Ragnar Frisch is well known for his contribution to econometrics as a new discipline in the 1930s and for his role in founding of the Econometric Society and as editor of Econometrica. Despite his active role within the econometrics community, it may be argued that his overall conception of econometrics is insufficiently conveyed in the history of economics literature. This essay aims at illuminating key features of Frisch's scientific conception, drawing partly on unpublished works unearthed from his archives. Among these are a series of eight lectures on the theory and methods of econometrics given by Frisch at the Poincaré Institute at the University of Paris in 1933, as well as extensive lecture notes from Yale University in 1930.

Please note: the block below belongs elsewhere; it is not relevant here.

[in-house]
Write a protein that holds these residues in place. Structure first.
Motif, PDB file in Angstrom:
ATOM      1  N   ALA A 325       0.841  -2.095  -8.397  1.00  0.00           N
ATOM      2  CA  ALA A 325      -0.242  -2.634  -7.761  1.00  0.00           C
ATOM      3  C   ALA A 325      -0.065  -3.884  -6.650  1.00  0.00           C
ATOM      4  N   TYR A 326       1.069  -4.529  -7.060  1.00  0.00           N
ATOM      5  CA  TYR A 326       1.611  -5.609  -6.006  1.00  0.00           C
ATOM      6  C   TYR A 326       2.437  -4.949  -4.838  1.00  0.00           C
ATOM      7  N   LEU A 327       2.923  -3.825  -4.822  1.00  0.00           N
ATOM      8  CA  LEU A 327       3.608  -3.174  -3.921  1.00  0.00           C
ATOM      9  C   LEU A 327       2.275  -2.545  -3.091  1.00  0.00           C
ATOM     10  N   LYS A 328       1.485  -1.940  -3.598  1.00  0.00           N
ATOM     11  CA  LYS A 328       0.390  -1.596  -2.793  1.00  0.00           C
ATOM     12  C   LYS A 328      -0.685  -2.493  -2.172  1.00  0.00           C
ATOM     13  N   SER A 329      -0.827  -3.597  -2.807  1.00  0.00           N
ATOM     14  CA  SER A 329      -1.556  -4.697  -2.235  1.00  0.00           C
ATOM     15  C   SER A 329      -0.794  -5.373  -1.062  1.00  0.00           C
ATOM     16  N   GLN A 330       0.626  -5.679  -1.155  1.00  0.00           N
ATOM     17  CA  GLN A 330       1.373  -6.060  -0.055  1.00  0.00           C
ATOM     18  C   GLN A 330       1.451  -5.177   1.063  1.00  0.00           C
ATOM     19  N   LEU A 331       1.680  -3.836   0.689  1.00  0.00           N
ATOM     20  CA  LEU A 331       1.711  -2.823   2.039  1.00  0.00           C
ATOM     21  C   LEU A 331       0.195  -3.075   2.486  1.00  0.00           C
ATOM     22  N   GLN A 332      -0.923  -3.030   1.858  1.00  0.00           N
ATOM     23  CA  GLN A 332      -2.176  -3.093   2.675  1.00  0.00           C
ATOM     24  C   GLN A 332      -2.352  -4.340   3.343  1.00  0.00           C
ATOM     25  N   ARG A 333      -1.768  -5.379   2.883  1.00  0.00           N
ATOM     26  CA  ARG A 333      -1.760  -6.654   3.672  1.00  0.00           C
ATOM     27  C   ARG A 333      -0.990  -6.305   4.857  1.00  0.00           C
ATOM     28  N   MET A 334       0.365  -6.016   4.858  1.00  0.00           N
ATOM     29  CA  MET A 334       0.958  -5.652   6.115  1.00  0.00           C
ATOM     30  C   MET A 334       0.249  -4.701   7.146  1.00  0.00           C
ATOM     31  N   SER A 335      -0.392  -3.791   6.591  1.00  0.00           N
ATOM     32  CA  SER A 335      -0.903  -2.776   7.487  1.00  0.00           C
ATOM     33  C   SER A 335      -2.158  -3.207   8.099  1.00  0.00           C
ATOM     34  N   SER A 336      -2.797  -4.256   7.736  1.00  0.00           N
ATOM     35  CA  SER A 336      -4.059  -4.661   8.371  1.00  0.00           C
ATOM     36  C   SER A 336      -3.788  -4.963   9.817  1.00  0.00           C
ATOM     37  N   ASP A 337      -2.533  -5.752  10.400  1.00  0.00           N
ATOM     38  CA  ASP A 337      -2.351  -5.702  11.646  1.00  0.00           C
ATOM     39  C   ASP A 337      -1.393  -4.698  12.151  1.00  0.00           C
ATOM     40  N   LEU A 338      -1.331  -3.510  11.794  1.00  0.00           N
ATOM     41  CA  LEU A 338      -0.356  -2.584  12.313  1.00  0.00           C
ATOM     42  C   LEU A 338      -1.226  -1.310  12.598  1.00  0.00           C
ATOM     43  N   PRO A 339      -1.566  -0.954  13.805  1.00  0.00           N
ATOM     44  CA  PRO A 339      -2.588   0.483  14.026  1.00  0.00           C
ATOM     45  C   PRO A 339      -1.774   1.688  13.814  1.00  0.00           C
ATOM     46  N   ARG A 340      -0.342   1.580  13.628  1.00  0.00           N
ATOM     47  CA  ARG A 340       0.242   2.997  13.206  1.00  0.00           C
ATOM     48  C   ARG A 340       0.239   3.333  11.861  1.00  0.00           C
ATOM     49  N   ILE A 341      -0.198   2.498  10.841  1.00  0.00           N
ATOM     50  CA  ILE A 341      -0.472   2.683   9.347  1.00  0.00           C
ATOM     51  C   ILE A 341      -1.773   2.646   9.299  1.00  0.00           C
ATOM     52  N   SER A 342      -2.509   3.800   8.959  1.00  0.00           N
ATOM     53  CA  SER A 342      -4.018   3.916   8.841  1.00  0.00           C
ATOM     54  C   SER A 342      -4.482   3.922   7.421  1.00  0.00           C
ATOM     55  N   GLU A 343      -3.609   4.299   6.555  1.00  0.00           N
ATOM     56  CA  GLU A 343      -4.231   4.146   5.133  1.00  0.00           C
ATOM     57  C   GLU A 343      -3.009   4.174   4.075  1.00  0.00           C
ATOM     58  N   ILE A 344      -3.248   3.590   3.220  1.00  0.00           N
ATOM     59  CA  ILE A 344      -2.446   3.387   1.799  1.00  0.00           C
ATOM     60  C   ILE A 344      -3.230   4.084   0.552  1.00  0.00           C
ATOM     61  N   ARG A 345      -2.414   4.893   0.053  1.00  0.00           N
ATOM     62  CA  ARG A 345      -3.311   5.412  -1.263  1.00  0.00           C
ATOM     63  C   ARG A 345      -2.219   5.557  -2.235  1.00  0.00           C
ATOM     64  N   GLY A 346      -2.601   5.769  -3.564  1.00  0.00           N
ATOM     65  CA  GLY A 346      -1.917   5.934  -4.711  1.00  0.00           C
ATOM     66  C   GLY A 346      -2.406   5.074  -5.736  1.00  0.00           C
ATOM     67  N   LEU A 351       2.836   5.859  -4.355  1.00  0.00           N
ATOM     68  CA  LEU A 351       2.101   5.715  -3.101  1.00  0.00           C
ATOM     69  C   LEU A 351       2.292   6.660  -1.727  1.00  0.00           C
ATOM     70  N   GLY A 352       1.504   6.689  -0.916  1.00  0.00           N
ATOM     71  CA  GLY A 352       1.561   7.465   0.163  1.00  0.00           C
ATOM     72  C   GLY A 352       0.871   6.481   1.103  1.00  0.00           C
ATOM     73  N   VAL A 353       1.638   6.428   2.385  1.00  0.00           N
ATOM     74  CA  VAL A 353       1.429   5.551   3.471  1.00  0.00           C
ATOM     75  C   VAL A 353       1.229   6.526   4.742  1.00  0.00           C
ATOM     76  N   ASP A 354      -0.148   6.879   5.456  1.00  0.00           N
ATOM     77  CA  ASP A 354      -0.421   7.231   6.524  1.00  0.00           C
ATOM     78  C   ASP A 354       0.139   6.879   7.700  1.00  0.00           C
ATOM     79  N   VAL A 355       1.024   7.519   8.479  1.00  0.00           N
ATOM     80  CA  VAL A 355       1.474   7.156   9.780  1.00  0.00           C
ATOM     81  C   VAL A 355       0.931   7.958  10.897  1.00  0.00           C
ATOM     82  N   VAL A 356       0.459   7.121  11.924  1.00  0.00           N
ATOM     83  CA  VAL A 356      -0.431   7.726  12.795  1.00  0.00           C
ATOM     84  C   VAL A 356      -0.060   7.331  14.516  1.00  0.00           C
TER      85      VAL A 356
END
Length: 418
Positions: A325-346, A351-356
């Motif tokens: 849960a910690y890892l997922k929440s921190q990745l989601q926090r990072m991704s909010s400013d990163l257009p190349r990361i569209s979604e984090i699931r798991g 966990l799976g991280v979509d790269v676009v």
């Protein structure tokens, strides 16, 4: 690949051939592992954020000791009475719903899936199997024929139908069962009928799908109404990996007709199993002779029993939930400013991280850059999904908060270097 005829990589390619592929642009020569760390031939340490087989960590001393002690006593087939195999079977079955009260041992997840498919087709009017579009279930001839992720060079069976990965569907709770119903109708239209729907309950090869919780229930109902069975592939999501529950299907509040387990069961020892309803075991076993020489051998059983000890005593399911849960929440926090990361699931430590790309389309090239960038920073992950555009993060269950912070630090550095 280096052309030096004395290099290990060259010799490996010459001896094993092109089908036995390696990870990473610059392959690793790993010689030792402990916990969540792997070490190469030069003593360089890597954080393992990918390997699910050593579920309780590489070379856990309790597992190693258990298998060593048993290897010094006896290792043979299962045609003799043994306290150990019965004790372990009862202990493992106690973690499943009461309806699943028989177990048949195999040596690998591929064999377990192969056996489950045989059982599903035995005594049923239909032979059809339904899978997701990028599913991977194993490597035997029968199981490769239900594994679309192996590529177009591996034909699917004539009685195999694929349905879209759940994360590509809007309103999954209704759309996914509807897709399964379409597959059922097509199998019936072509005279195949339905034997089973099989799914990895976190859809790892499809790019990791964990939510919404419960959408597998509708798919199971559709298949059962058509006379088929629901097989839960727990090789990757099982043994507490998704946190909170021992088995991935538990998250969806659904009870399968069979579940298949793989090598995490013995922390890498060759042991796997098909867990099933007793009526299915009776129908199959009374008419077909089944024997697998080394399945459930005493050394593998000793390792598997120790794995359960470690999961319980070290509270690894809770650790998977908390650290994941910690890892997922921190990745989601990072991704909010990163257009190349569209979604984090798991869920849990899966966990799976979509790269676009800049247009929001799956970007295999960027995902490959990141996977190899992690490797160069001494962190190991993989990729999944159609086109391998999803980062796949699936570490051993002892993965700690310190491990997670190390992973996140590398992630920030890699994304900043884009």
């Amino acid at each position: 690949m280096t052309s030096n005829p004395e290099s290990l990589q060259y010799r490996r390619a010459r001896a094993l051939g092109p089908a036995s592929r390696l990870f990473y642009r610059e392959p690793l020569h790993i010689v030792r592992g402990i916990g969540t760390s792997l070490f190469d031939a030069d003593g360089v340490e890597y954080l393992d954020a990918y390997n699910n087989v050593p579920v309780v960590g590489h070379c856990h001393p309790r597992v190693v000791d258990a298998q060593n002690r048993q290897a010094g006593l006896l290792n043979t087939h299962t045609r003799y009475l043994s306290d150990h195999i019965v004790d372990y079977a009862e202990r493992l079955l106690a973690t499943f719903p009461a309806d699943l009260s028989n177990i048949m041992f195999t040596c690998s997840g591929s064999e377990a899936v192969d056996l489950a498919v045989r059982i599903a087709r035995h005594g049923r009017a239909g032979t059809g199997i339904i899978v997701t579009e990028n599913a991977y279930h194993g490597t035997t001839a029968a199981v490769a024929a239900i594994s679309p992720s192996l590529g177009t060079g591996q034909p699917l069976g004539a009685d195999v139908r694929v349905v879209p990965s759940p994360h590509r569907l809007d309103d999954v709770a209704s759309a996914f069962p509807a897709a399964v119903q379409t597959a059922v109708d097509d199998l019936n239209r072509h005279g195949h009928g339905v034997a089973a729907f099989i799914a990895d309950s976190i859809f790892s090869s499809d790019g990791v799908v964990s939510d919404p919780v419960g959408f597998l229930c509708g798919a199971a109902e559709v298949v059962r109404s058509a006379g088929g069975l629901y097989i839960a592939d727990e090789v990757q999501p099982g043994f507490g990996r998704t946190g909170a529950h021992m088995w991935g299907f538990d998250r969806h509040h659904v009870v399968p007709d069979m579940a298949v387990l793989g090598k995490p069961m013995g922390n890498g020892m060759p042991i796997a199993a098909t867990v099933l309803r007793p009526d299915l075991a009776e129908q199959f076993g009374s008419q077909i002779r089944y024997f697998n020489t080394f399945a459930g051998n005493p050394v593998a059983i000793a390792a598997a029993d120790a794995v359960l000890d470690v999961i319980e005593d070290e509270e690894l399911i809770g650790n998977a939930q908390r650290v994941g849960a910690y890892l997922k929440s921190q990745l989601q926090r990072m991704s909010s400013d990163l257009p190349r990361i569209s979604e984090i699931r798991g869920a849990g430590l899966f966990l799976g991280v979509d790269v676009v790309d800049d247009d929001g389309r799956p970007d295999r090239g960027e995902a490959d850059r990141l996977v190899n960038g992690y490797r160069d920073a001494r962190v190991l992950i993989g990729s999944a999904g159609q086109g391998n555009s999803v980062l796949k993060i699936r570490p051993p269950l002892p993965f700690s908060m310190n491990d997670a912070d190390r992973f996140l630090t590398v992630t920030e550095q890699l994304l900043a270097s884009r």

These largely unknown documents elaborate on Frisch's scientific views, how he aimed at modeling economics on physics by transferring methodological principles, and on the methods he proposed for economics, such as his axiomatization approach, his structural modeling approach, which became a cornerstone for macroeconomics, his refined explication of concepts such as static/dynamic, micro/macro, and equilibrium, and his concern with the probabilistic nature of the real economic world. One can discern in these documents also that an essential part of Frisch's concept of econometrics as a science was its instrumental role in policy preparation for welfare and improvement of human conditions.